It is time for us to stop talking about awareness and start making real change now. It is time to get our hands dirty.
On December 3, the world marks the International Day of Persons with Disabilities. It is a time when many individuals and organizations run events dedicated to their disabled counterparts. Even though these activities are varied — from visiting disabled homes to holding sports competitions for those with disabilities — most of them are done with one objective in mind: raising awareness.
Even though such events are crucial in increasing people’s knowledge of the issues concerning disabilities, the extent to which this awareness is translated into real action is questionable. Is it only done to make people aware, or is the aim to start a cause to actually enact change — both social and political transformation in our societies?
Around the world, there is a myriad of awareness movements and campaigns regarding disabilities. While this is a good thing to make educate the general public about a certain issue, it is not enough. The real question is what all of us are going to do with our new awareness — that is what truly matters. There is a need for us to be more determined and more concerned with taking practical steps.
Today, despite all of these awareness campaigns around the world, people with disabilities still encounter negative stigma that is wrongly associated with them. Whether it is mental or physical disability, the quest for people with special needs to be seen as equal as everyone else is a struggle.
In many parts of the world — in the East and West — disabled people are still given limited access to live like their non-disabled counterparts. In developing countries such as Indonesia, for example, many people with disabilities live like prisoners. The segregation does not only limit their access to education, health care and employment, but it also restricts their access to public transport and entertainment facilities.
Some disabled people even struggle to go out of their own homes and are treated poorly by their own family. Yes, there are still cases where parents are embarrassed of their disabled children and lock them in their rooms, breaking off any social interaction with the outside world.
We also see disheartening statistics and facts presented before our eyes: That millions of people living with disabilities are deemed unequal to access the same opportunities to succeed and have a fair shot in life. What makes it even worse is that the societal norms and legal systems are still made to enforce barriers between the disabled and non-disabled.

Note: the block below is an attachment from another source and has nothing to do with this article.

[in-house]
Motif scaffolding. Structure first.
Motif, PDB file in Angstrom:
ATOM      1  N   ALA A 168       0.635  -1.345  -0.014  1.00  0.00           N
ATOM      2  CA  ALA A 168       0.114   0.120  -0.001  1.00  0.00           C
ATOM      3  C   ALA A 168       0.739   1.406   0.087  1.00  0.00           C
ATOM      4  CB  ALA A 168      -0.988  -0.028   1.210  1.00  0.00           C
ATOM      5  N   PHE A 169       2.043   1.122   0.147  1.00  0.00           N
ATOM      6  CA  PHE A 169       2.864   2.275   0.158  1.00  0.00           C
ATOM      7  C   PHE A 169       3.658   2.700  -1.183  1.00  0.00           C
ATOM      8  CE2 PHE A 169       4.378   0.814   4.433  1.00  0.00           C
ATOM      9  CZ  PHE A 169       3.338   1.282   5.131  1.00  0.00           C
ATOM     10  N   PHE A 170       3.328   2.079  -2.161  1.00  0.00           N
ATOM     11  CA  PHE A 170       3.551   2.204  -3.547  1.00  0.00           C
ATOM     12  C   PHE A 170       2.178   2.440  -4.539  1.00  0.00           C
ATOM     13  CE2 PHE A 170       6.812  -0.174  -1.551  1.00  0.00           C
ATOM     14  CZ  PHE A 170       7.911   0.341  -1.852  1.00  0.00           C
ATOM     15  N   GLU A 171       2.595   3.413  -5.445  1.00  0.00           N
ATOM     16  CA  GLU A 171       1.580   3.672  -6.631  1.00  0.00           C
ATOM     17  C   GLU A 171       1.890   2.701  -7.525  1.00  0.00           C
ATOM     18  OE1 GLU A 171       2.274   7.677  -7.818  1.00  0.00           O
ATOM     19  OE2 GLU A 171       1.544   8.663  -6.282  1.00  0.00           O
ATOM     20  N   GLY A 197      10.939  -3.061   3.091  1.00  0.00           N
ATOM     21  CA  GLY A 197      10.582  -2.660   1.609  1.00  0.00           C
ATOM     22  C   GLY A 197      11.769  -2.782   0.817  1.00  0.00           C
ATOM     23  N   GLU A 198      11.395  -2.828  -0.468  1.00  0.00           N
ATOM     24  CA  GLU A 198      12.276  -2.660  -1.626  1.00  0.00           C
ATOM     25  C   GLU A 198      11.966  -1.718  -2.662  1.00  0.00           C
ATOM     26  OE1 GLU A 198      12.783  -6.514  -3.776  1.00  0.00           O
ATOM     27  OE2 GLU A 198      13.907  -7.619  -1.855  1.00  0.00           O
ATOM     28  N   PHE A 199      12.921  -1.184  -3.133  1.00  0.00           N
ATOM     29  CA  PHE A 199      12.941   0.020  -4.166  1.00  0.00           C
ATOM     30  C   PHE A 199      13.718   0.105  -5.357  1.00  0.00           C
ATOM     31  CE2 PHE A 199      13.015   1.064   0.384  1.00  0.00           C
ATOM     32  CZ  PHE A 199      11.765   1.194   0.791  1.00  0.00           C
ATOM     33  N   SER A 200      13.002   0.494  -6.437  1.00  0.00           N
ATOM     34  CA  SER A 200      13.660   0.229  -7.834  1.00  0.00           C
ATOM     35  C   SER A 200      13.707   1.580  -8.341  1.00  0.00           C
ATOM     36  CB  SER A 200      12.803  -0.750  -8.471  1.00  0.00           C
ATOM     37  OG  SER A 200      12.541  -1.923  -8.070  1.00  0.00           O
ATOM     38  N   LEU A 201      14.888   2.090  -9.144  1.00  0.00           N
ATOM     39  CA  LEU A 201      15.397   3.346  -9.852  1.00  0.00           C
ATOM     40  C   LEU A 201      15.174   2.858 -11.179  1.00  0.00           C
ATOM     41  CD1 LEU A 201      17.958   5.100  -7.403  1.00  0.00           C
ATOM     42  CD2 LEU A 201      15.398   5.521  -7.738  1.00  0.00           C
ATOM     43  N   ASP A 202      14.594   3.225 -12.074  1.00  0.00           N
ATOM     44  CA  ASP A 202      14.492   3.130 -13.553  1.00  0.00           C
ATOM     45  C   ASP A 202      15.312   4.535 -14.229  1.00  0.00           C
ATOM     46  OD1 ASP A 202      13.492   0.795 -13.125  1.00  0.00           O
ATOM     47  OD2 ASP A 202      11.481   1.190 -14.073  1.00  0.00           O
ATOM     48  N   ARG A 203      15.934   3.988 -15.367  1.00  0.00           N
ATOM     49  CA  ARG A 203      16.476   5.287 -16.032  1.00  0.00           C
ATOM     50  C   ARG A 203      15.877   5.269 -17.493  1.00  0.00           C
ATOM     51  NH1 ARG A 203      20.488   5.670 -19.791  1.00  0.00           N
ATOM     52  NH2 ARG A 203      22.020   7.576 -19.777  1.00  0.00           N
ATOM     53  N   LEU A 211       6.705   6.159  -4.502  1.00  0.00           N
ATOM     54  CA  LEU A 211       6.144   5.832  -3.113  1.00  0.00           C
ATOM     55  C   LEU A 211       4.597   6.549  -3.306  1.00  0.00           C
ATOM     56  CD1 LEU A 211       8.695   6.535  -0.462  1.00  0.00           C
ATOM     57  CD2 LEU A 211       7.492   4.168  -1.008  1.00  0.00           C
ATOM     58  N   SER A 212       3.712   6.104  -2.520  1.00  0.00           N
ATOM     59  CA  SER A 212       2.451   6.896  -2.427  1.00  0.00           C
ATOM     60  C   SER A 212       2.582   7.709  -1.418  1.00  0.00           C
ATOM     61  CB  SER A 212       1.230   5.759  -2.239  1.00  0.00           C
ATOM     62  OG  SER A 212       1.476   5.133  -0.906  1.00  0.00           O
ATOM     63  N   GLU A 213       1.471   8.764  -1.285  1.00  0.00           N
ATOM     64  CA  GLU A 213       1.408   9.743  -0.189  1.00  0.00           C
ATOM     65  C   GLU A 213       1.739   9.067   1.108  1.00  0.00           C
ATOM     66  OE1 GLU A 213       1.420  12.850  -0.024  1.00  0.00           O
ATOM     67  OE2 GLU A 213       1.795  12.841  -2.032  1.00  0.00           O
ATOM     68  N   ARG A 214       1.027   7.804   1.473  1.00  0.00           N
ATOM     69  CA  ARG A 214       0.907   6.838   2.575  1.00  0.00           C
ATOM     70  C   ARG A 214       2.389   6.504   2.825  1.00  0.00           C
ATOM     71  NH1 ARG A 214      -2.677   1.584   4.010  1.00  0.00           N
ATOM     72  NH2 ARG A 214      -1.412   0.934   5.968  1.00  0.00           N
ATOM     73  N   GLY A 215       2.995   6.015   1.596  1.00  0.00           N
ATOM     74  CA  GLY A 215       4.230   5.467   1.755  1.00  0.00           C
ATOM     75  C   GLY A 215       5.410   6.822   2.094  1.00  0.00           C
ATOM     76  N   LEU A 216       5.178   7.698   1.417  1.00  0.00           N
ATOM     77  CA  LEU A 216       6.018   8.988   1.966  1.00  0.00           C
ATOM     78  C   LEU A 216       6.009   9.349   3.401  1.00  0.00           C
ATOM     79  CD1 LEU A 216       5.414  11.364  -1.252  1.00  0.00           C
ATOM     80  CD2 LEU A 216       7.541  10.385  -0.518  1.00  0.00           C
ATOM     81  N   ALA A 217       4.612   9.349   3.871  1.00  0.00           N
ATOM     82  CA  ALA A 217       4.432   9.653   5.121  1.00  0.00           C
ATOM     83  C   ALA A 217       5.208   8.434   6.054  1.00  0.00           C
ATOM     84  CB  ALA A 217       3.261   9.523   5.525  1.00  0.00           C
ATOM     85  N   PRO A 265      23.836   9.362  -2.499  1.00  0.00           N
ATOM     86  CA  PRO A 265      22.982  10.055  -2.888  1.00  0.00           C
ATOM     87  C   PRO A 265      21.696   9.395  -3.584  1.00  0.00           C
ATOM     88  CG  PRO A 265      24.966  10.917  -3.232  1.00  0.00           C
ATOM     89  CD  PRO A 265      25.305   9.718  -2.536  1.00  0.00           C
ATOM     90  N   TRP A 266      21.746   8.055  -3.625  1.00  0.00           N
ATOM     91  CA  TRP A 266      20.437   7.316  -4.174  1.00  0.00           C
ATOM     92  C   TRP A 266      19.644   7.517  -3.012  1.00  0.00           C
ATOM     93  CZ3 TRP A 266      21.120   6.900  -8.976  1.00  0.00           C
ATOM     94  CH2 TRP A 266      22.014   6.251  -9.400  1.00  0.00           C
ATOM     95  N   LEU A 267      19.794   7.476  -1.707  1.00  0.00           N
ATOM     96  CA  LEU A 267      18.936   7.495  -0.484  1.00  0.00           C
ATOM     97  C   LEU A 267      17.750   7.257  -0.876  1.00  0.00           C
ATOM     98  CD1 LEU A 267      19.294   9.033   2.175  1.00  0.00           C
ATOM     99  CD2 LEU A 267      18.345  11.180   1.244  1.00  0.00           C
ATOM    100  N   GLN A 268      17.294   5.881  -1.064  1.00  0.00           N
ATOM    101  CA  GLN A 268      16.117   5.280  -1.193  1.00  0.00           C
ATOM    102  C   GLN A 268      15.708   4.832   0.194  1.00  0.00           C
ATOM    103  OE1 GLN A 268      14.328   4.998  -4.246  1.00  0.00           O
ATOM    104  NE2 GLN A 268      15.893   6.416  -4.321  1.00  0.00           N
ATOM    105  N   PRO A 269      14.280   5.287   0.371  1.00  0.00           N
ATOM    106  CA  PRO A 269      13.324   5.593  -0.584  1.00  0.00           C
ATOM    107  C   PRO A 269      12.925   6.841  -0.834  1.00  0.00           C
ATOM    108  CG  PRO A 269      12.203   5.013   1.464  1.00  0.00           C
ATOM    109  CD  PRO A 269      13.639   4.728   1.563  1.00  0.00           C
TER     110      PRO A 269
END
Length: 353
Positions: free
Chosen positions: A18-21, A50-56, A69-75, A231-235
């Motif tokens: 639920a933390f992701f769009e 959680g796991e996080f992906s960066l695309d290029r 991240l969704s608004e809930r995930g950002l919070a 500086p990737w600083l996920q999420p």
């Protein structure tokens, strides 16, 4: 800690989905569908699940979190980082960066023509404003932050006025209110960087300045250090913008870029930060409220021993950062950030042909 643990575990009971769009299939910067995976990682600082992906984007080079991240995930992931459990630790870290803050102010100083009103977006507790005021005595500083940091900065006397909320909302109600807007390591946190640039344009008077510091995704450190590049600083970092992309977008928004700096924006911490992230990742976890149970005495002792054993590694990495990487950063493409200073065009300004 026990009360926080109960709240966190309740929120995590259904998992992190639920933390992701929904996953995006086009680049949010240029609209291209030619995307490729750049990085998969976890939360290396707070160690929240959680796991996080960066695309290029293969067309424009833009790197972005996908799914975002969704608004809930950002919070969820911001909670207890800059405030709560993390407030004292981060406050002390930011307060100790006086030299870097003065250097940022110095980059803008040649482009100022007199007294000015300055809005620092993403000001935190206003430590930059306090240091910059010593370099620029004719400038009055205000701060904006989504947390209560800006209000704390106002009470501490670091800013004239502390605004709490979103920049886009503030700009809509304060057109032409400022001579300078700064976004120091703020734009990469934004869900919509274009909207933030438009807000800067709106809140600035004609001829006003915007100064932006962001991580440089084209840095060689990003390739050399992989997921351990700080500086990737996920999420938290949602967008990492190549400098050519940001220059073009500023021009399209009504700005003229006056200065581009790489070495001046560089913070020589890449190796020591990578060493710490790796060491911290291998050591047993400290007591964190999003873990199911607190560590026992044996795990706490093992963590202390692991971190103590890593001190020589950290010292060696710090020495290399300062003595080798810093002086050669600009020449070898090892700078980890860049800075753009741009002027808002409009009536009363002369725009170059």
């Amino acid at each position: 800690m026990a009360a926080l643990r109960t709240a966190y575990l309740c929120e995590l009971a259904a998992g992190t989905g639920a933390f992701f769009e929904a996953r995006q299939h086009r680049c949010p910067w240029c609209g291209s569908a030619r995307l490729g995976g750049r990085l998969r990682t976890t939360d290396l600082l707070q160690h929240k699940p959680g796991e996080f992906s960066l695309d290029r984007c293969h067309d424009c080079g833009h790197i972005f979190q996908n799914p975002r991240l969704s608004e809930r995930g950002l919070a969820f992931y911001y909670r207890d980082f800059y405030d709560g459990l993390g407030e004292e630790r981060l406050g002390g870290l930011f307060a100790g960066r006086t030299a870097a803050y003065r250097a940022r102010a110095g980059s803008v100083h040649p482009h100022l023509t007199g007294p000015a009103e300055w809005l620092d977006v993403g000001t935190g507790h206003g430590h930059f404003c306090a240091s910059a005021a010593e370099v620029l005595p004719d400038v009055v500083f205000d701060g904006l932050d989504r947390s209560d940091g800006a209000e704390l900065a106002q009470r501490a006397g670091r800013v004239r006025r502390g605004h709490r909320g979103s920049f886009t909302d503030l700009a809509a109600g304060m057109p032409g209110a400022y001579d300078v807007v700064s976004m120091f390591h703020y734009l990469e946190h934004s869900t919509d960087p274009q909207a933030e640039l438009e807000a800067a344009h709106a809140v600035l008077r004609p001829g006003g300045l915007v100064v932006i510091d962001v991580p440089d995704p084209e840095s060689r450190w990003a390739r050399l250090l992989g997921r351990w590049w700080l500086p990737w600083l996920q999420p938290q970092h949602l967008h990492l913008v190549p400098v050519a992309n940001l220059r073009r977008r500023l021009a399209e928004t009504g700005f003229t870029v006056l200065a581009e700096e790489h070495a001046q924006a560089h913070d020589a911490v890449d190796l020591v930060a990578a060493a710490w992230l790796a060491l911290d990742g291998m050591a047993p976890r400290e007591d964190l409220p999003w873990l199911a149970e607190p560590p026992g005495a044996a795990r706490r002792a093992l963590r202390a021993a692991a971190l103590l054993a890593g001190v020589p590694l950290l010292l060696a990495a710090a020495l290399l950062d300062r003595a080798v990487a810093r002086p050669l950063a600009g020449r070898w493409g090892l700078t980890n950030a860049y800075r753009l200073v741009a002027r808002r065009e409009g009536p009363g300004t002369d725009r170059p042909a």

With this in mind, it is important for us, in an effort to give the disabled their overdue rights, to not limit the ultimate goal of our caring just to make the public aware of the problem. Rather, we should begin to translate our awareness into concrete actions that can put an end to the injustice we comfortably live in.
It is indeed true that there is nothing wrong to speak about disabilities because our voices have power. But we should remember that actions speak louder than words. What will inspire others to start doing something is to lead by example. We are our own advocates. And what we do, rather than what we say, is the mirror that shows our compassion toward our fellow human beings.
It is time for us to stop talking about awareness and start making real change now. It is time to get our hands dirty. Be of those who help others, especially for people with disabilities whose fulfilment of their rights has long been overdue.
The views expressed in this article are the author’s own and do not necessarily reflect Fair Observer’s editorial policy.
For more than 10 years, Fair Observer has been free, fair and independent. No billionaire owns us, no advertisers control us. We are a reader-supported nonprofit. Unlike many other publications, we keep our content free for readers regardless of where they live or whether they can afford to pay. We have no paywalls and no ads.
In the post-truth era of fake news, echo chambers and filter bubbles, we publish a plurality of perspectives from around the world. Anyone can publish with us, but everyone goes through a rigorous editorial process. So, you get fact-checked, well-reasoned content instead of noise.
We publish 2,500+ voices from 90+ countries. We also conduct education and training programs on subjects ranging from digital media and journalism to writing and critical thinking. This doesn’t come cheap. Servers, editors, trainers and web developers cost money. Please consider supporting us on a regular basis as a recurring donor or a sustaining member.